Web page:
Video | Agriculture | Confidence | Economy | Energy | Employment | Finance | Media | Property | RBNZ | Science | SOEs | Tax | Technology | Telecoms | Tourism | Transport | Search

 


TESA Enters New Era after 46 Years

Media Information

January 11, 2013

TESA Enters New Era after 46 Years

It’s the start of a brand new era for one of New Zealand’s oldest privately owned electronics companies still run by its original owner, following the sale of TESA Electronics Ltd.

Established in 1966 by Bob Burstall, who has headed the company for the past 46 years, TESA has been purchased by another Auckland entrepreneur, Marc Jamieson, who is combining it with his photographic products business, Focal Holdings.

The newly combined entity will trade under the TESA Distribution name and brings 25 staff together from the two companies, including some with more than 40 years service.

“TESA has such a long and rich history in New Zealand, with an enormous amount of goodwill and excellent reputation for service, that it made perfect sense to retain a slight variation of the name for the combined businesses, enabling us to build on that platform for the future,” says Mr Jamieson.

While TESA is currently run out of a Penrose office and warehouse complex and Focal operates from Parnell, the two will eventually be brought together under one roof, he says – their separate Christchurch branches have already been combined and there is also representation in Wellington.

Mr Burstall says that after the best part of half a century at the helm of his own company it will be hard to step back, but he has every confidence in his successor.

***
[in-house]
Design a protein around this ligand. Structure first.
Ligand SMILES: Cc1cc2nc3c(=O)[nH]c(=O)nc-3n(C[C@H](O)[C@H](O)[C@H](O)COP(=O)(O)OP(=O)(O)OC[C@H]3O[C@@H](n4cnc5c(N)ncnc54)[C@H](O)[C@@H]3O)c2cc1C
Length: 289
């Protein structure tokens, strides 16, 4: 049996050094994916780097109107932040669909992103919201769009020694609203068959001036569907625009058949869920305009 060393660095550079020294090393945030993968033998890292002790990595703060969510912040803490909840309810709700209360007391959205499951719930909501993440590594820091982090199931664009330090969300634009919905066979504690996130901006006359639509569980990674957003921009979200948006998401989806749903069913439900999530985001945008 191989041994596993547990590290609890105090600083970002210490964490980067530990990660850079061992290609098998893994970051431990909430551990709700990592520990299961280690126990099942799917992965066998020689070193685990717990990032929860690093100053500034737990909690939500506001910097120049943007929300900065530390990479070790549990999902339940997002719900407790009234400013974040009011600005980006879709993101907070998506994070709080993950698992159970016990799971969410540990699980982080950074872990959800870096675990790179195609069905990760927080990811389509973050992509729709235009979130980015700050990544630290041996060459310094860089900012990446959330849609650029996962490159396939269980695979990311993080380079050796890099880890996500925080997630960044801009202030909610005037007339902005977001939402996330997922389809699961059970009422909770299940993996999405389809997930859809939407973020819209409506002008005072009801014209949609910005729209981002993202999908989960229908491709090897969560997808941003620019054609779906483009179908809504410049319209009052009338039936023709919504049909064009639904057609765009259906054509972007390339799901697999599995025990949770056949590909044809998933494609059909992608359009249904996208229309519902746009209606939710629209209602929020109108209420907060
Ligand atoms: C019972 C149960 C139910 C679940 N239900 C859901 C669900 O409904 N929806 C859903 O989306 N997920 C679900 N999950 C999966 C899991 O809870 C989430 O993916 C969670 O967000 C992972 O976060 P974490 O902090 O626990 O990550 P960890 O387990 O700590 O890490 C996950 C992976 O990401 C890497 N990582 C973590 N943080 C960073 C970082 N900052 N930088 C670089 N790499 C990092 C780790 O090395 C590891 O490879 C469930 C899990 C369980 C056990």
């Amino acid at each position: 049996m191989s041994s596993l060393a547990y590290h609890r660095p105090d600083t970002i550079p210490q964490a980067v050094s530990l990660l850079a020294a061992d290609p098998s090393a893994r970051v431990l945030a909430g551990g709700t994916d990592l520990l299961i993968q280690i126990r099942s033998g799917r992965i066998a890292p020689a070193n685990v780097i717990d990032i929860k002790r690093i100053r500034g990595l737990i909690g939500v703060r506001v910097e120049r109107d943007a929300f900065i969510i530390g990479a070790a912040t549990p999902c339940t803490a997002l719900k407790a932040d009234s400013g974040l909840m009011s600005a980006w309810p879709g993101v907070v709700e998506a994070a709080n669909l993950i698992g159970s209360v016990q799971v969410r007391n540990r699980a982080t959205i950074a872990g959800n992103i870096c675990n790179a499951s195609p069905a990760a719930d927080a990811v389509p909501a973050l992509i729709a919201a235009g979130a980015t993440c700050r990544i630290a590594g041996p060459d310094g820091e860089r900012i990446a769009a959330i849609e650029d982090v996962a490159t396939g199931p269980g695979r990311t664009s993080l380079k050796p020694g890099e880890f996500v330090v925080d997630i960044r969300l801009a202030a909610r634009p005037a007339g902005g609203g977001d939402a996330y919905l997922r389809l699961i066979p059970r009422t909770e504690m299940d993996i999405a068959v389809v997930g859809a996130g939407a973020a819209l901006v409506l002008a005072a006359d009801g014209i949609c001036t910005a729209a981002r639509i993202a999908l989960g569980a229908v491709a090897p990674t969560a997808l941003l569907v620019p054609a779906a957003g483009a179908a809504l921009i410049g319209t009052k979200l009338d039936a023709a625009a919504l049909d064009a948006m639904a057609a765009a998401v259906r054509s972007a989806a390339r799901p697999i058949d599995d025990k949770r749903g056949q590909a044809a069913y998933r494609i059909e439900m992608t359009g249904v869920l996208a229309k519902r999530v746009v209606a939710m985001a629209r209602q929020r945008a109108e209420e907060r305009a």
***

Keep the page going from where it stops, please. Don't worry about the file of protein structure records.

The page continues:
“In many ways he reminds me of a much younger version of myself and I am convinced the future of the company is in good hands,” says Mr Burstall, who revealed that he had turned down several offers for TESA in recent years, as he had no intention of retiring while he still felt fit, able and enjoyed the work, but now with global digital technology felt the time was right. He won’t be letting go completely, however, remaining as an advisor/business consultant to the new company.

TESA began as a component manufacturing and Distribution Company in 1966, supplying parts for New Zealand-made television sets, in the days when imported electronics were very difficult to obtain, as the government used tariffs and strict regulations to encourage local production.

When restrictions were eased, TESA began importing a wider range of electronic products, supplying them directly to retailers also. It has gone on to become the New Zealand distributor for a number of well-known brand names, including Varta (batteries) and Agfa Photo (cameras/accessories) of Germany and Maxell (PC/AV accessories) of Japan. In fact, it was an approach by TESA that led Varta to sell its batteries directly to consumers in Australasia where it was previously an OEM supplier only, and New Zealand was used as a test market. TESA was also among the first in New Zealand to sell compact digital weather stations for consumer use.

Today, TESA Distribution offers a wide range of products to retailers, from digital electronic and photographic consumables to computer and audio accessories, along with batteries for all types of uses.